Swinging into the Chinese New Year


BALDWIN PARK, CA — On Monday February 8th, 2016, people around the world will be celebrating the arrival of the Lunar New Year, known by many as Chinese New Year. Traditionally, the holiday is celebrated both before and after the official Chinese New Year day. Some festivals and celebrations are held as early as two weeks before the big day and will not end until after February 22nd, the 15th day of the new year and the traditional end of all festivities.

Chinese New Year is not set on a single official date on the Gregorian calendar. The day is determined by the Chinese lunar calendar, which can start and end on different days that do not correlate with the Gregorian calendar. Chinese New Year’s Day is always somewhere between January 21st to February 20th. In 2015, Chinese New Year’s Day was on February 19th while this year, the big day is on February 8th.

Chinese New Year treats at Hawaii Supermarket in San Gabriel.

Each new year represents an animal on the Chinese zodiac. The Chinese zodiac is comprised of 12 different animals, meaning the animals are cycled every twelve years. This year is the year of the monkey.

Like many other Chinese holidays, Chinese New Year is defined by its numerous and memorable traditions. The following list of traditions only name a few of the largest and most popular:

Candy Box

During the time around New Year’s Day, most households will have a box of Chinese sweet treats in the living room. Many families that celebrate Chinese New Year expect visitors throughout the week, so the box of treats provide snacks for the visitors and represent the hospitality the family shows for whatever luck comes its way.

Red Envelopes

This is a favorite tradition of many celebrators — the unmarried ones at least. Starting on February 8th, married couples will be keeping their pockets lined with red envelopes filled with money, ready at any moment to be given out. The recipients of the envelopes are usually children (traditionally any unmarried person) and must wish the giver (usually a family member) a happy Chinese New Year and follow with some auspicious wishes to get the envelope.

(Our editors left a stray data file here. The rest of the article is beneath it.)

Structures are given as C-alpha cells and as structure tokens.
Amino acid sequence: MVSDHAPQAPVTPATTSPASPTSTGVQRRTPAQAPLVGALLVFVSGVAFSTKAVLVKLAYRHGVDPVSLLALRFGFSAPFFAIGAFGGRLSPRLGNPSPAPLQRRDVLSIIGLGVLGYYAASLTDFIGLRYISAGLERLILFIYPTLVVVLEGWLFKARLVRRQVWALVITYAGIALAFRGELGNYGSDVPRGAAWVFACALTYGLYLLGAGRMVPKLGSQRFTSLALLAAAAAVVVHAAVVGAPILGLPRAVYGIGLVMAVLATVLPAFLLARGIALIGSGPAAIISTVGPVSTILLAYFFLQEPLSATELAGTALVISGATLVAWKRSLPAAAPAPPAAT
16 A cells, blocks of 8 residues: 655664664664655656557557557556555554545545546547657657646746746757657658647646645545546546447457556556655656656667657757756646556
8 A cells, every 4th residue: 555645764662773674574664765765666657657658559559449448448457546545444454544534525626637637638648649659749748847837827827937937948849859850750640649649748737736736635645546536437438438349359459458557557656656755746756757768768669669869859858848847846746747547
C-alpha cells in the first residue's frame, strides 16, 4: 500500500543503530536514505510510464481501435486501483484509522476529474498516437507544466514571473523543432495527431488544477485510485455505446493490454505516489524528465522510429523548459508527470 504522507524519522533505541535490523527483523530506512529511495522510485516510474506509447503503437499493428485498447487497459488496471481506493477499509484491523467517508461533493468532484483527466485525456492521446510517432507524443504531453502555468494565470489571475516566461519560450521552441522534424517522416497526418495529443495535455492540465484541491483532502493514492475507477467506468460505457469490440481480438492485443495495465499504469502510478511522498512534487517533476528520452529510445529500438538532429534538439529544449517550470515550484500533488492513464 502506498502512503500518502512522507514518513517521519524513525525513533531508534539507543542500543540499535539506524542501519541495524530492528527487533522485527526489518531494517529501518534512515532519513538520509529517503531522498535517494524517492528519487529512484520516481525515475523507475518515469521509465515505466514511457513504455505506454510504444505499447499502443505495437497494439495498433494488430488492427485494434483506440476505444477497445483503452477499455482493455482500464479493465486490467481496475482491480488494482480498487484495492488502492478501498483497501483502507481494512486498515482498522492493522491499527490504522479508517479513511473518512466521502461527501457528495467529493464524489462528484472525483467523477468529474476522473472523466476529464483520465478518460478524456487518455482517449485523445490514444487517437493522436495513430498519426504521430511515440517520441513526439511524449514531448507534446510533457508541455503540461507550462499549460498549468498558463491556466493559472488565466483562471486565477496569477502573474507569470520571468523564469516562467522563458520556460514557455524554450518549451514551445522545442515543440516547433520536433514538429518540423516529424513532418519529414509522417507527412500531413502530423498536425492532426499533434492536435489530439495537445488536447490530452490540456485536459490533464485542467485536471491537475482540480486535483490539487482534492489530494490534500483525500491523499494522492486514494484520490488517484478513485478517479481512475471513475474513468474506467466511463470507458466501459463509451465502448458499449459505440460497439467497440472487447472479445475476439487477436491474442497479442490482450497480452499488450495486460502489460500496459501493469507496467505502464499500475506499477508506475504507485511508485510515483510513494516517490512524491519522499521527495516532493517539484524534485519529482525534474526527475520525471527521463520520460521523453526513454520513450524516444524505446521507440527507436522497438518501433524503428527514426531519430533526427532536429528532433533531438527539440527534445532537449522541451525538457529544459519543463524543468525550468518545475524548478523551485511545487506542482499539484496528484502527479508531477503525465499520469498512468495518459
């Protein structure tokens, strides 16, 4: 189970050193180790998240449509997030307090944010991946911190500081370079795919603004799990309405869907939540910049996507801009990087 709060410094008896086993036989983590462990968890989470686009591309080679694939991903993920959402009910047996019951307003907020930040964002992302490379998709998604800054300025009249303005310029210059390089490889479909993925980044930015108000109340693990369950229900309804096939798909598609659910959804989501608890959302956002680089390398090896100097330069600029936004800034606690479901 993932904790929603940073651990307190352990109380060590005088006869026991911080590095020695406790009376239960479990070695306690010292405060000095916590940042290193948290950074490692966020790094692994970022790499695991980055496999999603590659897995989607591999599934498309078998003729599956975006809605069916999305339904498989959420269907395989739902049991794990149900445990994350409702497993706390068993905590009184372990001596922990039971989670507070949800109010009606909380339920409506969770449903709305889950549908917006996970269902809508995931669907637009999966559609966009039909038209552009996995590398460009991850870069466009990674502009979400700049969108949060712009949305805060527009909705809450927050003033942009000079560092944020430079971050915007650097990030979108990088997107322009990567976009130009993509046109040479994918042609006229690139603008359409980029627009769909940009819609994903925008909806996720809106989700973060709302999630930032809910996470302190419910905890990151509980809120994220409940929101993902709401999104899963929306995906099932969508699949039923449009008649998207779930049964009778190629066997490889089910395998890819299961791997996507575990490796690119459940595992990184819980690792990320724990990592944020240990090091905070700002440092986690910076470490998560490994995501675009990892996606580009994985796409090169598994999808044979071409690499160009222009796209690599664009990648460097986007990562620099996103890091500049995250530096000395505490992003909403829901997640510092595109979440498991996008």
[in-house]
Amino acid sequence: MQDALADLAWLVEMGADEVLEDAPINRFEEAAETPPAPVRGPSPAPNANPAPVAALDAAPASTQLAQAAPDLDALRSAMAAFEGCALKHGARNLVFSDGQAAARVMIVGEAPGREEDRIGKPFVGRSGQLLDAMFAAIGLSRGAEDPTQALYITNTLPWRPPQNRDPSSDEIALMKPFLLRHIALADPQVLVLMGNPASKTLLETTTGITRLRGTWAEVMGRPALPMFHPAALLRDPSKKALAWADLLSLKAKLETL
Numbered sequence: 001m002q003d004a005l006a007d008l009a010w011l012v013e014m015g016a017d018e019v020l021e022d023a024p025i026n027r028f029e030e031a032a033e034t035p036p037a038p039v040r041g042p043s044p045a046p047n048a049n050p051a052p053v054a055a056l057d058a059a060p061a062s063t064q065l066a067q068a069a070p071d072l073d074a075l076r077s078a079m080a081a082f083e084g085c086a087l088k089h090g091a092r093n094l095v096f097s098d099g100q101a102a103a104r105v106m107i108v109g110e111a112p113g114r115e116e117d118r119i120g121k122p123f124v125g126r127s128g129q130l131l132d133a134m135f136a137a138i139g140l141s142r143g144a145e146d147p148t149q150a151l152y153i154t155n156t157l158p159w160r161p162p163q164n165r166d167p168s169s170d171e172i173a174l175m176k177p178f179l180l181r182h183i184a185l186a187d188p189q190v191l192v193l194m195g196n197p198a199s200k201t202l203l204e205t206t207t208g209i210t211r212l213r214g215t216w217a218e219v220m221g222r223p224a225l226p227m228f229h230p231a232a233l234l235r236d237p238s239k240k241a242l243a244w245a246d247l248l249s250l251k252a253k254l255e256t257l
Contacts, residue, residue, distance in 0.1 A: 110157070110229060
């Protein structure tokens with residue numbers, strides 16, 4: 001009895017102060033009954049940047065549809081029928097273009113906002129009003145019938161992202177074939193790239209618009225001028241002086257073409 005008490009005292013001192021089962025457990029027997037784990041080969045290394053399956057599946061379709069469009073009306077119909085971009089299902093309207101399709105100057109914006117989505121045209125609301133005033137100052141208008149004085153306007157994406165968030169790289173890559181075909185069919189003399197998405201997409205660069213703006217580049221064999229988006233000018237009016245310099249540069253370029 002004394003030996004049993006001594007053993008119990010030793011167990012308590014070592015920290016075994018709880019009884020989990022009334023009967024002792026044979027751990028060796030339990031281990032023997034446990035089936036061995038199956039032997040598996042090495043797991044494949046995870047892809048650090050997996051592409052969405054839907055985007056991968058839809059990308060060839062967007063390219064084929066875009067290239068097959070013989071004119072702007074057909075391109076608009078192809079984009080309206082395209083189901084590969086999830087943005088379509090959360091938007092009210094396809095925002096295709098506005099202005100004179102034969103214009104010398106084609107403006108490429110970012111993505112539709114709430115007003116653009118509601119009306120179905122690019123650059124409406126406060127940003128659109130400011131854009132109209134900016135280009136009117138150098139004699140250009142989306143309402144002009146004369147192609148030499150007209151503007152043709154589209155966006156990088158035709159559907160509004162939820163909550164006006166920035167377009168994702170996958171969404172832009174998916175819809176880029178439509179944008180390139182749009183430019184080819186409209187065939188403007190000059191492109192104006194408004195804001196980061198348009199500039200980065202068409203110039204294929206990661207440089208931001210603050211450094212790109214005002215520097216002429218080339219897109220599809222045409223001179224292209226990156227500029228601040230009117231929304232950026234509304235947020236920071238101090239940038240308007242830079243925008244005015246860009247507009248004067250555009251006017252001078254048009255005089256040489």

New Clothes

A popular new year’s tradition is dressing up with new clothes on New Year’s Day. The new clothes represent new beginnings and signal the fresh start to a hopefully great year.

Cultural Festivals20160130_115946

Festivals are huge in the Chinese and Asian community in general when new year’s is around the corner. Big festivals take place in Alhambra and Monterey Park. There, people can eat New Year’s delicacies and watch traditional Chinese performances, such as the lion dance.

“Usually, at my church, there’s a festival,” explained junior Leanne Do. “There’s a dragon dance where two guys wear a dragon costume and do tricks, like standing on each other. Then the kids will give the dragon a red envelope with money that the dragon ‘eats.’ The dragon represents good luck.”

Temple Visits

Crowded temples are a general sign of the approaching Chinese New Year. Most celebrators choose to visit the temple to pray and receive blessings for a healthy, smooth, and prosperous new year. The temples also provide a good chance to get into the New Year’s spirit and enjoy traditions and foods that come only once a year.


Lighting firecrackers on New Year’s Day is a loud and proud tradition. Large strings of red firecrackers are lit to “sound out” the old year and “sound in” the new year. Children also play with little bang snaps (or poppers) to imitate the same effect. The tradition is meant to bring good luck for business in the upcoming year.

Reunion Dinners

The greatest tradition practiced on Chinese New Year is the reunion dinner. Families meet up in the evening of New Year’s Day to enjoy one meal together. For many families, this time is the only time when all members of an extended family meet up after an entire year to talk and enjoy festivities. Many believe this meal to be the most important meal of the entire year.

“For my dad’s side of the family, family from Washington comes and we usually go to a cousin’s house,” described junior Lisa Nguyen. She also spoke about typically celebrating the new year by eating many traditional Vietnamese foods for the main dinner, such as bánh chưng, a sort of Vietnamese rice cake.

Chinese New Year is a celebration of hope for the new year to come. It is a time of happiness and celebration for friends and family. Despite it’s name, Chinese New Year can be celebrated by anyone anywhere. So, if you decide to do one thing this upcoming weekend, get ready to swing into the Year of the Monkey.


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